Dee Dee Ramone, a founding member of punk pioneers the Ramones, died
Wednesday night in his Hollywood home, according to a spokesperson for the Los Angeles County Coroner’s office. The bassist was 50 (see “Dee Dee Ramone Remembered By Kurt Loder” ).
Ramone (born Douglas Glenn Colvin) was found unresponsive by his wife at 8:25 p.m. She called 911, and fire department paramedics pronounced him dead at the scene at 8:40 p.m.
A coroner’s office spokesperson said the case will be treated as a possible accidental drug overdose. Investigators found a syringe and other drug paraphernalia on Ramone’s kitchen counter. An autopsy was conducted Thursday, though the cause of death remains unknown, pending the results of toxicology tests by the coroner’s pathologist, which normally takes up to six weeks. The process is often expedited, however, when media attention surrounds a case, the spokesperson said.
Dee Dee formed the Ramones in the Forest Hills section of Queens, New York, in 1974 with guitarist Johnny Ramone (John Cummings), drummer Tommy Ramone (Tom Erdelyi) and singer Joey Ramone (Jeffrey Hyman), who died of lymphoma last April (see “Punk Pioneer Joey Ramone
Dead At 49” ). During his Ramones tenure, Dee Dee wrote or co-wrote such tunes as “Rockaway Beach,” “Strength to Endure,” “Too Tough to Die,” “Teenage Lobotomy,” “Psycho Therapy” and “Chinese Rocks.”
Dee Dee left the band following the release of 1989’s Brain Drain to adopt the persona of rapper Dee Dee King and was replaced by C.J. Ramone (Christopher John Ward).
When his rap debut, 1988’s Standing in Spotlight, proved less than successful, he formed the Chinese Dragons.
Dee Dee returned to the Ramones fold in the ’90s, penning “Pet Sematary,” the group’s musical contribution to the Stephen King film of the same name, and several tracks for the Ramones’ studio swan song, 1995’s Adios Amigos. He reunited with the Ramones in August 1996 for a show at the Hollywood Palace that featured cameo performances by Pearl Jam’s Eddie Vedder, Motörhead’s Lemmy Kilmister, Rancid’s Lars Frederiksen and Tim Armstrong, and Soundgarden’s Chris Cornell and Ben Shepherd. The performance later resulted in the 1997 live album We’re Outta Here!.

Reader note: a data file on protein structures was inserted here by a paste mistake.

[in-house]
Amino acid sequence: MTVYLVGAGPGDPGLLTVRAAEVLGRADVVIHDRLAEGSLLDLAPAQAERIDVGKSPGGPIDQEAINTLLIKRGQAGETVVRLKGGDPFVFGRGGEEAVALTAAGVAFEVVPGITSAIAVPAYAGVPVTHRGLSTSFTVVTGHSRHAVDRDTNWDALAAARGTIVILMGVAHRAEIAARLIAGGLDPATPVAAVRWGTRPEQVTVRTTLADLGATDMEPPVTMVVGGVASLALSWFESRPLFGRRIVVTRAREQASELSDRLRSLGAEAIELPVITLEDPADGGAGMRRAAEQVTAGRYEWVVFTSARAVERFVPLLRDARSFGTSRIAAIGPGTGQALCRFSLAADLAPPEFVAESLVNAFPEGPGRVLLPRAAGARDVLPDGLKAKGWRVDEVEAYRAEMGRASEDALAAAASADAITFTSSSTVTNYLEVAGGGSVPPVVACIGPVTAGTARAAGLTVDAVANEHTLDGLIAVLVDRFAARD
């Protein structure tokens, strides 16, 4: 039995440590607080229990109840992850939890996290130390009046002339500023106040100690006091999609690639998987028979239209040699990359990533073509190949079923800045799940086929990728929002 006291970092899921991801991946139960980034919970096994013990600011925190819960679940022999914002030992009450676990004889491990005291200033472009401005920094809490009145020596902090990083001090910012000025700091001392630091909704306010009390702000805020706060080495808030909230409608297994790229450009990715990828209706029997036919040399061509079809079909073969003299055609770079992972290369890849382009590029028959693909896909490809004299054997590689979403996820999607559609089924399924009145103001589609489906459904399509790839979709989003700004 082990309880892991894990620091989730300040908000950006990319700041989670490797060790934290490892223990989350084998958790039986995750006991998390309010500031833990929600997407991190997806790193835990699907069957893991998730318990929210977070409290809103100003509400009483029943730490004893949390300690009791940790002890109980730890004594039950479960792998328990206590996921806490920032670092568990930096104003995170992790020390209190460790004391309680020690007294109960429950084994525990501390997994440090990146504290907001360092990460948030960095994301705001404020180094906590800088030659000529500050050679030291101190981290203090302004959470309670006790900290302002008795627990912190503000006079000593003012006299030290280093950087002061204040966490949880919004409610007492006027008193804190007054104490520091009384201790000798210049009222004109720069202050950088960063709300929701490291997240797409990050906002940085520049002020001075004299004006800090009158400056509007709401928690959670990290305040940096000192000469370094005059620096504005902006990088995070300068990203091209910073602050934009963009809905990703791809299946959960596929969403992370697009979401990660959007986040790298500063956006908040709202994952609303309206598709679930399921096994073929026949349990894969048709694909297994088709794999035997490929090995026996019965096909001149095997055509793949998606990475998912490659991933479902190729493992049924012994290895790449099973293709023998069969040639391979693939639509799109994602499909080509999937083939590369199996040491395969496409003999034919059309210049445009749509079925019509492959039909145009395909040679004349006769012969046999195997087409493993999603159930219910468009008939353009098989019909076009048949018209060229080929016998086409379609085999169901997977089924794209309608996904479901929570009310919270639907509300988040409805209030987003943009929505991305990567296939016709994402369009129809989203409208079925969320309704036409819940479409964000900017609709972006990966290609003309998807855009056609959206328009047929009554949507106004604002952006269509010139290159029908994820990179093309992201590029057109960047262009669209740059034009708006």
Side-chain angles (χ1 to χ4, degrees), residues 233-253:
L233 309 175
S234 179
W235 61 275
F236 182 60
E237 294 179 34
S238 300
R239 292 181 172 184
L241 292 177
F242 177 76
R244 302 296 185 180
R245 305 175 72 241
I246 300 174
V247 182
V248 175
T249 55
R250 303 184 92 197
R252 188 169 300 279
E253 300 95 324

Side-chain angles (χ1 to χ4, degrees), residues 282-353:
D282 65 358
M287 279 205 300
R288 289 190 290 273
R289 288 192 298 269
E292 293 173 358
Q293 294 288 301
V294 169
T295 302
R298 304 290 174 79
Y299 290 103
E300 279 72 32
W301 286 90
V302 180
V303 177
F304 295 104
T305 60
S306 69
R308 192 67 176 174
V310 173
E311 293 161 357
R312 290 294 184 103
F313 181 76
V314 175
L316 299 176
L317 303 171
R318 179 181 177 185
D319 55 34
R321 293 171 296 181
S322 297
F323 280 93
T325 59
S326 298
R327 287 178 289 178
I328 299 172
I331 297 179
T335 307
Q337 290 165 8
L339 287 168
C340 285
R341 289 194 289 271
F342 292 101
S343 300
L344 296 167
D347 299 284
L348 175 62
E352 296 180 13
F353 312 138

“He was a star and the most influential punk rock bassist,” Johnny Ramone said in a statement. “I believe he has influenced every kid playing bass that saw him perform. … He was my friend and I will always miss him.”
He last shared a stage with his fellow Ramones in March, when the group was inducted into the Rock and Roll Hall of Fame (see “Vedder Rambles, Green Day Scramble As Ramones Enter
“I’ll never forget Dee Dee’s classic acceptance speech at the Rock and Roll Hall of Fame ceremony,” Ramones manager Gary Kurfirst said in a statement, “when he walked up to the microphone and said, ’I would like to thank myself, and congratulate myself, and if I could, I would pat myself on the back.’ That was Dee Dee, direct and to the point. … Dee Dee Ramone was punk rock. I’m really going to miss him. He was truly a unique individual and there will never be anyone like him.”
“He was sort of a wacky guy who wrote great songs,” said Deborah Harry, whose band Blondie, like the Ramones, emerged from New York’s CBGB scene. “He was a really good songwriter, though a little self-destructive. He was always nice to me, and we always had a good time together. He was a lot of fun.
“He had this sort of manic energy,” she added. “I always thought that the Ramones were this tactical force, like the Marines jumping out of a plane or something. They had this focus and energy that I really admired.”
“I was still working out the final details on Joey’s headstone when I got the shocking word that another brother in our extended family was gone,” said Mickey Leigh, Joey Ramone’s brother. “For me, he was one of the greatest rock and roll songwriters alive. Today, sadly, another life becomes legend. My heartfelt sympathies go out to his wife, family and friends.”
[This story was updated at 12:14 P.M. EST on 06.07.02.]
Joe D’Angelo and Gideon Yago